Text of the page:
Third-level institutions get €3m to support students with Autism or Intellectual Disability

Minister for Further and Higher Education Simon Harris has announced new initiatives to support autistic students and those with an intellectual disability access to third-level education.

The proposals, allocate ring-fenced funding of €3 million a year to 2025 so higher education institutions can implement universal design and inclusive practices on their campuses, and enhance opportunities for students with intellectual disabilities in higher education.

Funding in 2022 will be directed towards universal design and inclusive practices. This includes improving campus accessibility improvements such as supporting autism friendly campuses such as wayfinding apps, signage, small-scale capital works such as autism-friendly spaces such as sensory rooms or quiet zones.

The funding this year may also be used for training and professional development for staff, including training resources and recruitment of specialists, to develop and enhance of inclusive teaching, learning and assessment practices. Funding can be used to make services available at times which suit students’ needs.

Technology-based solutions that support inclusive practices in teaching and learning, and training for students to support learning and utilising assistive technology and upgrading students’ digital skills will also be supported.

Later this year, a competitive funding call will issue to colleges seeking proposals for 3-year pathfinding pilot programmes supporting the creation of how to assist students with intellectual disabilities. Funding for approved programmes or courses will be rolled out over 3 years, starting in 2023.

Speaking today, Minister Harris said, “We have never focused on how many students with an intellectual disability or autism have entered or completed third-level.

“These new proposals will allow us to assess how we are doing but crucially, we will be introducing new policy changes to ensure we do better.

“Education is the greatest leveller in society. A key ambition for me is to ensure that supports and opportunities are provided for learning to all. This means recognising the needs of vulnerable learners, people who are most marginalised and people with special and additional needs and assisting them in accessing and progressing through third-level education.”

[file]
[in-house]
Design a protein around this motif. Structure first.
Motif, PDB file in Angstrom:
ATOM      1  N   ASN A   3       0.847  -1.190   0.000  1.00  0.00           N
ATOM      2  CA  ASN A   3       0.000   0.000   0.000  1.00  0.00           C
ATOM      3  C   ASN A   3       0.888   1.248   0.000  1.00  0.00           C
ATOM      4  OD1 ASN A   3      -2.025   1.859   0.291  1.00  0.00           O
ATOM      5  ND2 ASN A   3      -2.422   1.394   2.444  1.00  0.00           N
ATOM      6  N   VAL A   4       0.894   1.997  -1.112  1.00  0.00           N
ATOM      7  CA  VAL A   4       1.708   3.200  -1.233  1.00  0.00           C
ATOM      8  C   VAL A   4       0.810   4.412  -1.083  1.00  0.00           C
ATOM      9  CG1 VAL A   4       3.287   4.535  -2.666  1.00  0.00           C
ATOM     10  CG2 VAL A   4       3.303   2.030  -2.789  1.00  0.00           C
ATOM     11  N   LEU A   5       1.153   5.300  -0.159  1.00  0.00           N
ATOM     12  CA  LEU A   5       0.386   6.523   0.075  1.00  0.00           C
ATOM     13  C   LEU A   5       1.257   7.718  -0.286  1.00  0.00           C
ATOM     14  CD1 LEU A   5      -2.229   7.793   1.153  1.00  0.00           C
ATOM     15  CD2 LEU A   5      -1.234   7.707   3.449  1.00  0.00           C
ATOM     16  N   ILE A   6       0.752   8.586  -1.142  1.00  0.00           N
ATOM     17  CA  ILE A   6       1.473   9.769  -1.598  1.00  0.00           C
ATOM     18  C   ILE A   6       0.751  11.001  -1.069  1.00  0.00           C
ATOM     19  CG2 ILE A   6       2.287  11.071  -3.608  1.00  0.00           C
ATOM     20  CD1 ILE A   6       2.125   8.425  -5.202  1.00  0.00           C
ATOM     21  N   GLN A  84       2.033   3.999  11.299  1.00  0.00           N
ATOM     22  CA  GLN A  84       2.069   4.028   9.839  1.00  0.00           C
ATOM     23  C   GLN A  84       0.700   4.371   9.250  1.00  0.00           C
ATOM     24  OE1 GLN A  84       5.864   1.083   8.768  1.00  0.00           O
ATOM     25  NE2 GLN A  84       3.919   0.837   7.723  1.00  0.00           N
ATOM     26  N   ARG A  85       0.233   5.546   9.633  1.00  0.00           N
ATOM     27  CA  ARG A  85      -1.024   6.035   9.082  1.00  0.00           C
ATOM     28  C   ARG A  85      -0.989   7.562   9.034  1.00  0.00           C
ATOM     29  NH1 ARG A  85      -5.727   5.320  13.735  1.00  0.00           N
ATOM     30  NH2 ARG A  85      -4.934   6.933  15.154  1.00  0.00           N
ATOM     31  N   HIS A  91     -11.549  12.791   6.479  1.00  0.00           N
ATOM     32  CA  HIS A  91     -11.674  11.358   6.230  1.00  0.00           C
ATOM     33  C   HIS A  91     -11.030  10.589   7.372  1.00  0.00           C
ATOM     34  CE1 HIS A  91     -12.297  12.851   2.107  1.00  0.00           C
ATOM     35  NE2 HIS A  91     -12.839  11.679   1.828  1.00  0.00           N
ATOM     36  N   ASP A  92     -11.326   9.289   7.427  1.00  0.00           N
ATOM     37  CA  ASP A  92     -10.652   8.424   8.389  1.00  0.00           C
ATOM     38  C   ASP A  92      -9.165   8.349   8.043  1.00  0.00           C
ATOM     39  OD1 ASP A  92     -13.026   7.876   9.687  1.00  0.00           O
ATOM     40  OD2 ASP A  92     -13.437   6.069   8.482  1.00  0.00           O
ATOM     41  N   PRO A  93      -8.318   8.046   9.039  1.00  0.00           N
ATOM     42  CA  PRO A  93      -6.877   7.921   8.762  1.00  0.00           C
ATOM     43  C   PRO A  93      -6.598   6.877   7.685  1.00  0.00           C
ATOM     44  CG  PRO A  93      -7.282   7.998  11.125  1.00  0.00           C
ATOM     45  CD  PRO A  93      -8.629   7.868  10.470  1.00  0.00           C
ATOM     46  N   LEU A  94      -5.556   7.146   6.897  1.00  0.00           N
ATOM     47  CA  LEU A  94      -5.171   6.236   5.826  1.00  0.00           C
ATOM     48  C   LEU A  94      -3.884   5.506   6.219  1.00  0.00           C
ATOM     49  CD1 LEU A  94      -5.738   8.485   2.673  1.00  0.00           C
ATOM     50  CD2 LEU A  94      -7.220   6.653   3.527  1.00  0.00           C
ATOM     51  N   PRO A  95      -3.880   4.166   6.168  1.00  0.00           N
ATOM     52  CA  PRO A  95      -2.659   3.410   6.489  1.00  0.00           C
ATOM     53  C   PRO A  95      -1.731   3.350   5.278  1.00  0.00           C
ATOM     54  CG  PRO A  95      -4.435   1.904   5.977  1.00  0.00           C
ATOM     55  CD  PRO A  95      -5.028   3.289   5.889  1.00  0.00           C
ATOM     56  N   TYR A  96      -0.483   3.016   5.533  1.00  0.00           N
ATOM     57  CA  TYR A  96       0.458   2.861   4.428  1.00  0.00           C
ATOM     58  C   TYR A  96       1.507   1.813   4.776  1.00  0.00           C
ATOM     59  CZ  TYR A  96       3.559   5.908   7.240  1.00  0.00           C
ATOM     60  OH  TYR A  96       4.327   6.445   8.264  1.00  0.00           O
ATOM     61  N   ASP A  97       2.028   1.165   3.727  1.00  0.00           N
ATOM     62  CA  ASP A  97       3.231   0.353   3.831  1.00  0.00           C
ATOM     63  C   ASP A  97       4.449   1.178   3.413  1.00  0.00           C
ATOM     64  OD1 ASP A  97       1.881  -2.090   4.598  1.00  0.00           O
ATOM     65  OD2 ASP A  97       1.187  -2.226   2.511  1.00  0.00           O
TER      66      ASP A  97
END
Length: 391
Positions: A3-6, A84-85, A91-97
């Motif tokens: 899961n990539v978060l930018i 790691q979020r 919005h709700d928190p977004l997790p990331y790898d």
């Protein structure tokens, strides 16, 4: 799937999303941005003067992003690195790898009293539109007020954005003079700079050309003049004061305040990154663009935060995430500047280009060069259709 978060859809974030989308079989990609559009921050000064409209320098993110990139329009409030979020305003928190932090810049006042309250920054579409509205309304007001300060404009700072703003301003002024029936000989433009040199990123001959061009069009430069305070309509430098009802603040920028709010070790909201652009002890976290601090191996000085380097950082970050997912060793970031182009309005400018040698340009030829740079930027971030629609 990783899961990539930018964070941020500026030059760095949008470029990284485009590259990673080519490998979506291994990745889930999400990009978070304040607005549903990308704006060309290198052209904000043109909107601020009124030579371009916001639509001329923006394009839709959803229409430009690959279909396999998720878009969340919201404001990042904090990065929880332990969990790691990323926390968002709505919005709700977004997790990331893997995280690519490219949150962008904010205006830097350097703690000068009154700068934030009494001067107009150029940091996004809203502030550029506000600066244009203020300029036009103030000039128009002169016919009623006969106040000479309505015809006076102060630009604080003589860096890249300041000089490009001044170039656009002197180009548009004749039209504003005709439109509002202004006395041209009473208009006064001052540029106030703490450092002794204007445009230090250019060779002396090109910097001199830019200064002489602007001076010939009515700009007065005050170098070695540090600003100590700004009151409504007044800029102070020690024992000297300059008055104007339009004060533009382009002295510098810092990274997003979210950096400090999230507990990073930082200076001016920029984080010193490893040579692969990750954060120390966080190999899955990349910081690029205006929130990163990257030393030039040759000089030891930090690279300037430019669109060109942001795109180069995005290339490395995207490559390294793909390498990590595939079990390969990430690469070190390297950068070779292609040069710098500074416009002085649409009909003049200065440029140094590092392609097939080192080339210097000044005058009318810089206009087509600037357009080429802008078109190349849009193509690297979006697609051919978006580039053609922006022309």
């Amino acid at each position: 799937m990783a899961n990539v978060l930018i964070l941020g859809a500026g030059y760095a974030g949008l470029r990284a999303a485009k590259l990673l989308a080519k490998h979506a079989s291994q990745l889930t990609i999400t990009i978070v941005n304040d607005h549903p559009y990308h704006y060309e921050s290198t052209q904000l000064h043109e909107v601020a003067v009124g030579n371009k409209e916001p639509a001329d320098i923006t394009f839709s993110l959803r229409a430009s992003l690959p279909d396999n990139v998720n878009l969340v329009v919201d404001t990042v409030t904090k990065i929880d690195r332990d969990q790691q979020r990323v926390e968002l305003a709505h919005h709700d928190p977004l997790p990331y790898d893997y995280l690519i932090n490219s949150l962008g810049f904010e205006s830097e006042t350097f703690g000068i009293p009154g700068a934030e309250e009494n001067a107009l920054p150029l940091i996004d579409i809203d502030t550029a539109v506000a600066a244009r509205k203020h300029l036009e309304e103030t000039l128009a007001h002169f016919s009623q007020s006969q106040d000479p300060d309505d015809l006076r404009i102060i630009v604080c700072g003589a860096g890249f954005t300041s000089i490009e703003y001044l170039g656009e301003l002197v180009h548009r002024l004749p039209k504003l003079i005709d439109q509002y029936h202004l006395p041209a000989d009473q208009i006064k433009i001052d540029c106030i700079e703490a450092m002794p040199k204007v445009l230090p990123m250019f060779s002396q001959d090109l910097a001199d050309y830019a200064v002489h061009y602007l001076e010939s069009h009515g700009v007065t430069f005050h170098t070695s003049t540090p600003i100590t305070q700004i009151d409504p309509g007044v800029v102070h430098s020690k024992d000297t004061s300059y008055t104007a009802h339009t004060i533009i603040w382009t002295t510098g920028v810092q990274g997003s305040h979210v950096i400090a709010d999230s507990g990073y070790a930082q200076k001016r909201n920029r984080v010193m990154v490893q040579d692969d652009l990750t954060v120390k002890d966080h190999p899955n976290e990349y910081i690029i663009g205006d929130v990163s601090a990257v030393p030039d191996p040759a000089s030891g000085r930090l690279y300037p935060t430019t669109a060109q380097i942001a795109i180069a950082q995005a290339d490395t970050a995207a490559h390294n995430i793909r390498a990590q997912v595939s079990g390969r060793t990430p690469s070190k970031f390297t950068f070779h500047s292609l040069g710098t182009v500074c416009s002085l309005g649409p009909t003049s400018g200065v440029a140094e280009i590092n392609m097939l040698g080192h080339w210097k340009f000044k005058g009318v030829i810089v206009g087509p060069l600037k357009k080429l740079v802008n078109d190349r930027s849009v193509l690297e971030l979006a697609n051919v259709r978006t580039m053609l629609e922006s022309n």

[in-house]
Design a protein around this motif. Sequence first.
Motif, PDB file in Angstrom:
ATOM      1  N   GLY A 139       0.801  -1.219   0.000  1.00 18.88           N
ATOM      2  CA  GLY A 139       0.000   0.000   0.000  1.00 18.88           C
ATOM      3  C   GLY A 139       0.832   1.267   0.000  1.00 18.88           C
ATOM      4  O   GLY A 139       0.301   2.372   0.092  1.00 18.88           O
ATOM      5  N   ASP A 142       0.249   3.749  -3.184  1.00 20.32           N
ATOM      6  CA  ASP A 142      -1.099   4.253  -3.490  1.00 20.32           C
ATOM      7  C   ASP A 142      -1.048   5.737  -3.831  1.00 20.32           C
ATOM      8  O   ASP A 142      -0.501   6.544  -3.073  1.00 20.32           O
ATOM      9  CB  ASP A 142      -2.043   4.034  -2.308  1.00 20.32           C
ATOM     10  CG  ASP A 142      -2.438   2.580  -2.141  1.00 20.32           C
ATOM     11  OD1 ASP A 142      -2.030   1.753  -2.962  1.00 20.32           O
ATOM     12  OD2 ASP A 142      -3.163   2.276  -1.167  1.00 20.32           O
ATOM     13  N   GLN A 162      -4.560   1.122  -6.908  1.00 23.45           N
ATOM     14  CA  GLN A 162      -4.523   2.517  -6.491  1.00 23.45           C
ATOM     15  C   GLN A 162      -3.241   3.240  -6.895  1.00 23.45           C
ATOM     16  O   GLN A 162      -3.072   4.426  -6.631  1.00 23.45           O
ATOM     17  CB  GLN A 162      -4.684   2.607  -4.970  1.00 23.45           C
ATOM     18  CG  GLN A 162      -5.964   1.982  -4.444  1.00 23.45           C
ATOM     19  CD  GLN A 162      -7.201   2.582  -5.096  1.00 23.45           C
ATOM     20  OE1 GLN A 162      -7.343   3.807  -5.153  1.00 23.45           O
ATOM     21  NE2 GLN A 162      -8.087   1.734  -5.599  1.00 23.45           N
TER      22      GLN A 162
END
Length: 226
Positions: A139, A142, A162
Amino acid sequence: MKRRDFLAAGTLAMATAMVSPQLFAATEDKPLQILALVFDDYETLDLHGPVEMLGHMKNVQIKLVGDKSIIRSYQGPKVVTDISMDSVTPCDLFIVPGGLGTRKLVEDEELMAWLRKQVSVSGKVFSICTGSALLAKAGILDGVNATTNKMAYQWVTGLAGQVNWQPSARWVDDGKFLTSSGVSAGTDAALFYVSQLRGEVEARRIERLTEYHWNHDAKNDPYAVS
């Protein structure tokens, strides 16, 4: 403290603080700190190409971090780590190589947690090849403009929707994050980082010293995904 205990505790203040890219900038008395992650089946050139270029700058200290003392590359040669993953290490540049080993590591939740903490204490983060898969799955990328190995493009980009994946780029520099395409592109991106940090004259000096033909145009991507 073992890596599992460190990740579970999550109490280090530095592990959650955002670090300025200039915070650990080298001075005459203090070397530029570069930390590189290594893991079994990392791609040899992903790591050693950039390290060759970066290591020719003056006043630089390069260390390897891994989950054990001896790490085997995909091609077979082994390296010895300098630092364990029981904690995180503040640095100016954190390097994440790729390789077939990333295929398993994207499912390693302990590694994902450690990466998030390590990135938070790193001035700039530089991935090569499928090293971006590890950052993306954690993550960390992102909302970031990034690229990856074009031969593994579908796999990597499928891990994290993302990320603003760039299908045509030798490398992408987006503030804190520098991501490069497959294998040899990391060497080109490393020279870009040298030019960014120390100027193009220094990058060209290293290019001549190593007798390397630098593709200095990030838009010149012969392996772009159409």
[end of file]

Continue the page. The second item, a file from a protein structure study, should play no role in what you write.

The proposals will form part of the National Plan for Equity of Access, Participation, and Success in Higher Education.

Minister added, “This is an important day and I really want to thank everyone for working with us to make this a reality. This has the potential to change the lives of autistic students and students with intellectual disabilities.”

Welcoming the initiatives, Minister of State with responsibility for Disability Anne Rabbitte said:

“Under Article 24 of the United Nations Convention on the Rights of People with Disabilities, we have a duty to ensure we have an inclusive education system at all levels and lifelong learning directed to the development by persons with disabilities of their personality, talents, and creativity, as well as their mental and physical abilities, to their fullest potential.”

“People with disabilities in Ireland have equal rights of access to education, but there is much more work to be done to enable people with disabilities to vindicate their right to education, particularly in Further and Higher Education.

The New Action Plan is a key piece of work in Ireland’s overall efforts to achieve the objectives of the convention.”

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